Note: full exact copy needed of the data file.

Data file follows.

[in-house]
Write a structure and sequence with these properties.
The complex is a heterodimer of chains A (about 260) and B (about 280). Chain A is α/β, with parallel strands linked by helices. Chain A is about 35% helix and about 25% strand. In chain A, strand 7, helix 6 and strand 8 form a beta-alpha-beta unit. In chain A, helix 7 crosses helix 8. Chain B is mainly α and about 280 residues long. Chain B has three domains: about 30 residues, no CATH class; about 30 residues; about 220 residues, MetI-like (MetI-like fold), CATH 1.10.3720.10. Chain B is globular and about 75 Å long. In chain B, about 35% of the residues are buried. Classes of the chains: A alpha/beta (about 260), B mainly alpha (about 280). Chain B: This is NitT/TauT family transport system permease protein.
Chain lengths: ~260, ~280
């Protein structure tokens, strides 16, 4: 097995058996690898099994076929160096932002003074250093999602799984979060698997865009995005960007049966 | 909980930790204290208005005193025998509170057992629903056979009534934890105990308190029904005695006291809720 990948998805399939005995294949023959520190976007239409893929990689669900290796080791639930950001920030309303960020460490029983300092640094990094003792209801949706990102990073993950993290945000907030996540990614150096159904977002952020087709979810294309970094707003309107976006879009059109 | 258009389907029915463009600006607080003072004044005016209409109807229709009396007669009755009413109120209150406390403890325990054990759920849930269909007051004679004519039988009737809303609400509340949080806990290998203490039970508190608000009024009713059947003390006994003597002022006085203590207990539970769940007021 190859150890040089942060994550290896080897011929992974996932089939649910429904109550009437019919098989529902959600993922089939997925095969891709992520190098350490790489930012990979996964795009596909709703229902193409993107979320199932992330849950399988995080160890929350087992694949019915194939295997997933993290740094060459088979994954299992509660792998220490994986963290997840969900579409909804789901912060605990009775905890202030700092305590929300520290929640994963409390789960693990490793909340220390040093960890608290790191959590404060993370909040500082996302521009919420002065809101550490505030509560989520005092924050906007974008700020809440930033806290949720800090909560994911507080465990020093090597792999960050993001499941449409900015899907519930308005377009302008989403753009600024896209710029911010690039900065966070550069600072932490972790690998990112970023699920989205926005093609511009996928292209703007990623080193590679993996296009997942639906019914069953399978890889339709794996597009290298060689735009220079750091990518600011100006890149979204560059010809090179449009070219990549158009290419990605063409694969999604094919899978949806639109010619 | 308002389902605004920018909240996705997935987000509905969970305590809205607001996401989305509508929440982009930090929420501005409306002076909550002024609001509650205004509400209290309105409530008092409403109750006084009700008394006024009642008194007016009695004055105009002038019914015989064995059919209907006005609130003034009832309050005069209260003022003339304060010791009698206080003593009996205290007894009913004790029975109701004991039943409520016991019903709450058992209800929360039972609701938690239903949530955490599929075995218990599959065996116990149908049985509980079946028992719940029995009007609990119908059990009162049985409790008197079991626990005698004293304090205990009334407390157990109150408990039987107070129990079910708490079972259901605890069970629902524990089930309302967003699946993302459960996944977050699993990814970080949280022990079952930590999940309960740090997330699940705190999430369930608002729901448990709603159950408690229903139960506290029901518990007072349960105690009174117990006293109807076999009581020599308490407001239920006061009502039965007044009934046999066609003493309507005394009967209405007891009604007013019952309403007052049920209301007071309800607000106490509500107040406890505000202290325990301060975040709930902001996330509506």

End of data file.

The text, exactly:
[in-house]
Write a structure and sequence with these properties.
The complex is a heterodimer of chains A (about 260) and B (about 280). Chain A is α/β, with parallel strands linked by helices. Chain A is about 35% helix and about 25% strand. In chain A, strand 7, helix 6 and strand 8 form a beta-alpha-beta unit. In chain A, helix 7 crosses helix 8. Chain B is mainly α and about 280 residues long. Chain B has three domains: about 30 residues, no CATH class; about 30 residues; about 220 residues, MetI-like (MetI-like fold), CATH 1.10.3720.10. Chain B is globular and about 75 Å long. In chain B, about 35% of the residues are buried. Classes of the chains: A alpha/beta (about 260), B mainly alpha (about 280). Chain B: This is NitT/TauT family transport system permease protein.
Chain lengths: ~260, ~280
């Protein structure tokens, strides 16, 4: 097995058996690898099994076929160096932002003074250093999602799984979060698997865009995005960007049966 | 909980930790204290208005005193025998509170057992629903056979009534934890105990308190029904005695006291809720 990948998805399939005995294949023959520190976007239409893929990689669900290796080791639930950001920030309303960020460490029983300092640094990094003792209801949706990102990073993950993290945000907030996540990614150096159904977002952020087709979810294309970094707003309107976006879009059109 | 258009389907029915463009600006607080003072004044005016209409109807229709009396007669009755009413109120209150406390403890325990054990759920849930269909007051004679004519039988009737809303609400509340949080806990290998203490039970508190608000009024009713059947003390006994003597002022006085203590207990539970769940007021 190859150890040089942060994550290896080897011929992974996932089939649910429904109550009437019919098989529902959600993922089939997925095969891709992520190098350490790489930012990979996964795009596909709703229902193409993107979320199932992330849950399988995080160890929350087992694949019915194939295997997933993290740094060459088979994954299992509660792998220490994986963290997840969900579409909804789901912060605990009775905890202030700092305590929300520290929640994963409390789960693990490793909340220390040093960890608290790191959590404060993370909040500082996302521009919420002065809101550490505030509560989520005092924050906007974008700020809440930033806290949720800090909560994911507080465990020093090597792999960050993001499941449409900015899907519930308005377009302008989403753009600024896209710029911010690039900065966070550069600072932490972790690998990112970023699920989205926005093609511009996928292209703007990623080193590679993996296009997942639906019914069953399978890889339709794996597009290298060689735009220079750091990518600011100006890149979204560059010809090179449009070219990549158009290419990605063409694969999604094919899978949806639109010619 | 308002389902605004920018909240996705997935987000509905969970305590809205607001996401989305509508929440982009930090929420501005409306002076909550002024609001509650205004509400209290309105409530008092409403109750006084009700008394006024009642008194007016009695004055105009002038019914015989064995059919209907006005609130003034009832309050005069209260003022003339304060010791009698206080003593009996205290007894009913004790029975109701004991039943409520016991019903709450058992209800929360039972609701938690239903949530955490599929075995218990599959065996116990149908049985509980079946028992719940029995009007609990119908059990009162049985409790008197079991626990005698004293304090205990009334407390157990109150408990039987107070129990079910708490079972259901605890069970629902524990089930309302967003699946993302459960996944977050699993990814970080949280022990079952930590999940309960740090997330699940705190999430369930608002729901448990709603159950408690229903139960506290029901518990007072349960105690009174117990006293109807076999009581020599308490407001239920006061009502039965007044009934046999066609003493309507005394009967209405007891009604007013019952309403007052049920209301007071309800607000106490509500107040406890505000202290325990301060975040709930902001996330509506």